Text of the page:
The sale by KKR & Co and Affinity Equity Partners will be Asia's
biggest ever for private equity, excluding flotations, and rewards
them with returns of more than five times their investment.
However AB InBev can claim with Monday's deal to be paying a
reasonable price for a business that has grown in value in the five
years since it was sold for $1.8 billion. That sale was one of the
aggressive divestments forced on InBev after its $52 billion
purchase of U.S. brewer Anheuser-Busch in 2008.
AB InBev shares rose 1.0 percent by 1050 GMT on Monday, making them
the strongest performers in a STOXX 600 European food and beverage
index, which was up 0.3 percent.
Andrew Holland, analyst at Societe Generale, said the price was
pretty fair considering OB's improved profitability.
"AB InBev is looking for areas of growth faster than in its existing
business," he said. Referring to the brewer's two largest markets,
he added: "I'm cautious on the U.S. and there are question marks
over underlying growth in Brazil beyond the World Cup and weather
bounce expected in 2014."
OB, with top-selling lager Cass, has become Korea's largest brewer
with a 60 percent market share. It raised its core profit (EBITDA)
to some $500 million last year — 2.3 times greater than when KKR and
Affinity acquired it.
Korea is a relatively mature beer market, with 40 liters drunk per
capita per year, on a par with China. Growth was 2 percent per year
from 2009 to 2012, and seen at a little over an annual 1 percent for
the subsequent 10 years.
The overall price of AB InBev's deal — excluding a $320 million cash
payment it expects to receive — is some 11 times OB's EBITDA. That's
well below the 16 times Heineken paid in 2012 to take control of
Asia Pacific Breweries, which is active in faster-growing southeast
The more modest multiple may also reflect the fact that KKR and
Affinity have probably already made many of the sort of cost cuts
that AB InBev typically seeks from its acquisitions.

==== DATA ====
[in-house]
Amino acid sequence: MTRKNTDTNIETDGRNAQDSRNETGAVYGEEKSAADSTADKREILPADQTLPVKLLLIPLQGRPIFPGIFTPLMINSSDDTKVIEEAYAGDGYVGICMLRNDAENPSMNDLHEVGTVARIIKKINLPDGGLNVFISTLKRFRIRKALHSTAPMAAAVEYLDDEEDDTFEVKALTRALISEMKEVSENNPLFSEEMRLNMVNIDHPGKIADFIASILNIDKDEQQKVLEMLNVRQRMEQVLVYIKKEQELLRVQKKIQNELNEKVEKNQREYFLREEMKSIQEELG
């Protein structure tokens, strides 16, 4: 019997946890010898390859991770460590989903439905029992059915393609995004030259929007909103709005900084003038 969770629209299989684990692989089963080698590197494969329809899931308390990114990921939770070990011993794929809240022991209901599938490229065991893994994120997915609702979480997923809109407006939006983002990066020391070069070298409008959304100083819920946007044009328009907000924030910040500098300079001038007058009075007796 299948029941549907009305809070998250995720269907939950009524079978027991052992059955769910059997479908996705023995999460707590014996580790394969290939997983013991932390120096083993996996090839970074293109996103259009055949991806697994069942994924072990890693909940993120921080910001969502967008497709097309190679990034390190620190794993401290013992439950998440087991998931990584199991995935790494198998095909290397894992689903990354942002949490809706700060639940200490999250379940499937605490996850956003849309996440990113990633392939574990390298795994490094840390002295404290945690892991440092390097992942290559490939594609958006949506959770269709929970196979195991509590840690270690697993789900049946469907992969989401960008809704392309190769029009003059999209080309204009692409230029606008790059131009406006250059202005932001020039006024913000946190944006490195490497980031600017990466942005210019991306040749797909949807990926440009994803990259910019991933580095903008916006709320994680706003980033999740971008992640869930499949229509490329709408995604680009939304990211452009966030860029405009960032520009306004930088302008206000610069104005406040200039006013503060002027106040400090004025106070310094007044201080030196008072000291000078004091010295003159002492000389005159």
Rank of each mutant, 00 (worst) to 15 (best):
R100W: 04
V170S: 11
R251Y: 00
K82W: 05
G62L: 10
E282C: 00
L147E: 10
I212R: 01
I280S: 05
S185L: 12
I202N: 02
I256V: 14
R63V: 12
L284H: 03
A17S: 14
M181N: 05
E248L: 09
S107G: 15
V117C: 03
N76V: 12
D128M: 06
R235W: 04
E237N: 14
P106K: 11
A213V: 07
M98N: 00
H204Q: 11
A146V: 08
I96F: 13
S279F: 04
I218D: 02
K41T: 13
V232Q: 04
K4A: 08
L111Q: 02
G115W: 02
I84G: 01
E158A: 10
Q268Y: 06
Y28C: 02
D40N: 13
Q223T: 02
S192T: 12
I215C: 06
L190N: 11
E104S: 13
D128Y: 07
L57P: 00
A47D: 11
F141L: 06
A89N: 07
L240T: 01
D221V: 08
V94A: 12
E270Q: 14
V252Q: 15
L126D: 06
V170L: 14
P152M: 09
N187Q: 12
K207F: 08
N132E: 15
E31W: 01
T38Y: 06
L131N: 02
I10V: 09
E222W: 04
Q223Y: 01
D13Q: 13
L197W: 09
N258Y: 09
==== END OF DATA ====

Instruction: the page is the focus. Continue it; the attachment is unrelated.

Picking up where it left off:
Analysts said AB was likely to find further savings from cheaper
procurement of raw materials due to its global scale and by pushing
its higher-margin premium brands, such as Budweiser and Stella
Artois via OB in Korea — as well as selling OB's beers outside
AB InBev had an option buy OB back within five years of the date of
the 2009 sale. Its decision to strike before the July deadline
underscores the hot competition for brewing and liquor assets in the
The deal comes a week after Japan's Suntory Holdings agreed to buy
spirits maker Beam Inc for $13.6 billion. Carlsberg, Heineken NV and
SABMiller Plc have also struck deals in Asia over the past five
years, lured by the region's $258 billion market that is growing
twice as fast as the rest of the world.
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"The longer InBev waited, the more expensive it became and they also
risked leaving room open for other suitors to knock at the door of
the sellers," said one person with knowledge of the original deal.
OB, along with Hite Jinro controls 90 percent of Korea's beer
market, making it relatively easy to raise prices. Its premium
segment could also grow from some 10 percent of the overall beer
market closer to the 20 percent plus of mature western Europe and
However, the OB buy is more of an add-on than a transformational
deal, given AB's size. Its last big purchase was $20.1 billion in
2013 for the remaining half of Mexico's Grupo Modelo.
AB InBev said it would draw on existing liquidity to fund the deal
and would still be able to bring its net debt/EBITDA ratio to below
two times in 2015, though perhaps six months later than planned.
Some analysts said the OB purchase could mark the start of a push by
AB InBev beyond its core markets in the Americas, with other add-on
deals possibly in China. The brewer has a relatively small presence
in Asia Pacific.
BIG PRIVATE EQUITY RETURNS
KKR and Affinity's sale of Oriental Brewery represents a multiple of
over five times the cash they paid, according to a source with
knowledge of the matter, a huge return for a deal of this size and
rewarding the firms with hundreds of millions of dollars in net
For the buyout firms, it was a high risk deal less than a year after
the collapse of Lehman Brothers when there was no clarity on how
long the global recession would last.
Citigroup and Morgan Stanley advised KKR and Affinity and Deutsche
Bank AG and Lazard advised AB InBev, according to a source with
knowledge of the matter.
(Additional reporting by Denny Thomas,
Michael Flaherty and Joyce Lee; editing by Edwina Gibbs and Sophie
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